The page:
With influenza-like illness spreading through campus, GWClassNotes – a student-run, note-taking business – has seen an increase in student purchases, the president of the company said this week.
GWClassNotes has increased business by 15 percent since last semester, according to Corey Cohen, co-founder and president of the company. Repeat customers have also increased by 18 percent.
“We certainly think that illness is a factor in why people may miss a lecture here and there and thus rely on our material to stay up to date,” Cohen said.
Because of this semester’s spread of the flu, specifically the H1N1 virus, or swine flu variation, Cohen said the company started the Offer to Ill Notetaking Kustomers program. OINK, as the program is known, provides free notes to students who have proof they missed class due to the H1N1 virus, including a doctor’s note from Student Health Services.
So far 24 students have taken advantage of the OINK program, Cohen said.
The organization, which was founded in September of 2007 and offers student-taken notes from lectures as well as exam review packets, has increased the number of classes for which it offers notes from 70 to 100 this semester.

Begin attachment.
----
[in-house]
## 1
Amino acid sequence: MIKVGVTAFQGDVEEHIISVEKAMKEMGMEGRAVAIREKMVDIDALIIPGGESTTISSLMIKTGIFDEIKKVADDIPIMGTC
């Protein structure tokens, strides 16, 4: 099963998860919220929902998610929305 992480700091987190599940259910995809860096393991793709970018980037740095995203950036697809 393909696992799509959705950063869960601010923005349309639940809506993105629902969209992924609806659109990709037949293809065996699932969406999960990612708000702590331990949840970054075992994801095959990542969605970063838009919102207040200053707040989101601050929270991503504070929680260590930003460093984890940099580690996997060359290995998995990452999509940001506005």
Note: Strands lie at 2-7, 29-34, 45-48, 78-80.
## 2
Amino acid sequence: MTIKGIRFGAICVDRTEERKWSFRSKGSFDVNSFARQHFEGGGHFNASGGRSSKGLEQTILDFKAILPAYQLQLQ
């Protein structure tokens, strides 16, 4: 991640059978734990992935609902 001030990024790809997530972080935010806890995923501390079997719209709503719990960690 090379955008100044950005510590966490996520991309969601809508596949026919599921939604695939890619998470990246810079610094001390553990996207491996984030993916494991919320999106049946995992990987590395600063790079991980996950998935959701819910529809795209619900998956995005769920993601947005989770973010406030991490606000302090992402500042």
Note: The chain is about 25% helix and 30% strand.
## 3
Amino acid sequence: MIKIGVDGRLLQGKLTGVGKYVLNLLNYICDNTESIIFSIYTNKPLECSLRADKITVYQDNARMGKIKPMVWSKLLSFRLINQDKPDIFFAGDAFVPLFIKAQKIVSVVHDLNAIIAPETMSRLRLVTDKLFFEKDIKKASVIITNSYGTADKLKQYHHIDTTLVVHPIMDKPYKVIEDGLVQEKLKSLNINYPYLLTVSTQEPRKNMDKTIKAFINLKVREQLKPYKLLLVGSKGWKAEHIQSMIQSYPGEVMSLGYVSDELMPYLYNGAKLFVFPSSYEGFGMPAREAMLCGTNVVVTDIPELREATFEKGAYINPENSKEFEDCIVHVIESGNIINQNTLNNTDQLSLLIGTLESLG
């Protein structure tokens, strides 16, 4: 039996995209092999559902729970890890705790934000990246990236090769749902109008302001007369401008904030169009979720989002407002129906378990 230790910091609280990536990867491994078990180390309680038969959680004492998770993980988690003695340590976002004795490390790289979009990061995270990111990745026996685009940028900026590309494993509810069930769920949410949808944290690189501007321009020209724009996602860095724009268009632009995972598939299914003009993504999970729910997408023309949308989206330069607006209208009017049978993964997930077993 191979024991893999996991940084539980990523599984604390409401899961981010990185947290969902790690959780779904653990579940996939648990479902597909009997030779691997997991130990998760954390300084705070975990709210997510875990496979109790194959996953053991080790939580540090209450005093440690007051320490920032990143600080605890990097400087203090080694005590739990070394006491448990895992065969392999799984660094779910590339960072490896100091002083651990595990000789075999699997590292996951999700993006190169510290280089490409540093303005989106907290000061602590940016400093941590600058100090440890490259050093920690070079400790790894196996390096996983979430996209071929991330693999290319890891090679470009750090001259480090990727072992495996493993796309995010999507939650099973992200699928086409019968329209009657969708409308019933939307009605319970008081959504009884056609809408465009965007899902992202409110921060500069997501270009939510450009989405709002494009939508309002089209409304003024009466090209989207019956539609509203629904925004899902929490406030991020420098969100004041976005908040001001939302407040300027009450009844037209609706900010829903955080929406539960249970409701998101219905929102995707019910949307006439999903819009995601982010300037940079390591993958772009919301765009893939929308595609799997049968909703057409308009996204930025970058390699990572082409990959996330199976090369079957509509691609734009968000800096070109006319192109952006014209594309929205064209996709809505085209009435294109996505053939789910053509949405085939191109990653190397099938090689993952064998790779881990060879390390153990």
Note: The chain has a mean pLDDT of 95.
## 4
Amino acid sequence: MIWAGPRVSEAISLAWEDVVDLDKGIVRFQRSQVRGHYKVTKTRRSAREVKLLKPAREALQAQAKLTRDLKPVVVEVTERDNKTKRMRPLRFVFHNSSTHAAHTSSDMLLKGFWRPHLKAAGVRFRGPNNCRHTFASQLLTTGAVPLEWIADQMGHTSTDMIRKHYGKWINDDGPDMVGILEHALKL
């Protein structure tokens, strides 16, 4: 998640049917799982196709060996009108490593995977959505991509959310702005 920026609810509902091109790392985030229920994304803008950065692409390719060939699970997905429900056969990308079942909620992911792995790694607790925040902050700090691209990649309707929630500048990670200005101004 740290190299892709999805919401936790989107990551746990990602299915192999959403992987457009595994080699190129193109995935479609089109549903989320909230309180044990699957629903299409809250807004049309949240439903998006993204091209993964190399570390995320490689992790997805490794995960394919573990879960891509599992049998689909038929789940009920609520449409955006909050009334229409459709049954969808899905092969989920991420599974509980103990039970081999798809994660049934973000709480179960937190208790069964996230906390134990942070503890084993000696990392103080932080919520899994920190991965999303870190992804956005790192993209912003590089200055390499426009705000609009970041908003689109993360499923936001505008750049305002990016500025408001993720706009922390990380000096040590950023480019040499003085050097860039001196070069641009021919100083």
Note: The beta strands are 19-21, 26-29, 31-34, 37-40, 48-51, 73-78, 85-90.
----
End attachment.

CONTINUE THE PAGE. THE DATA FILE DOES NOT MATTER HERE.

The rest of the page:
Of the more than 4,000 students who have used GWClassNotes, 700 are new to the program this semester. Cohen said he sees the increased business as a testament to the company’s consistency and quality.
“We would rather not carry a class at all than offer mediocre notes for it,” he said.
Some students interviewed said they have used GWClassNotes and found them to be helpful.
“They were helpful because they were basically the same notes I had taken, but GWClassNotes were more concise and well organized,” sophomore Kristin Bevilacqua said.
Sophomore Rachel Primé has used GWClassNotes before.
“Everything is in the order we learned it, so it’s a really good review and memory refresher,” Primé said.
As far as the new OINK program, however, she isn’t so confident it will work.
“Students will definitely feign illness so they can skip class and get free notes,” Primé said. “It’s easy enough to get notes from a friend if you had to miss class.”
Cohen believes it is too early to judge the success of the OINK program, which he started to allow students to focus on getting healthier instead of “stressing out about missing lecture material.”
“We hope that as it is more widely known, we will continue to be able to help out our fellow students who have fallen ill,” he said.
This article appeared in the October 26, 2009 issue of the Hatchet.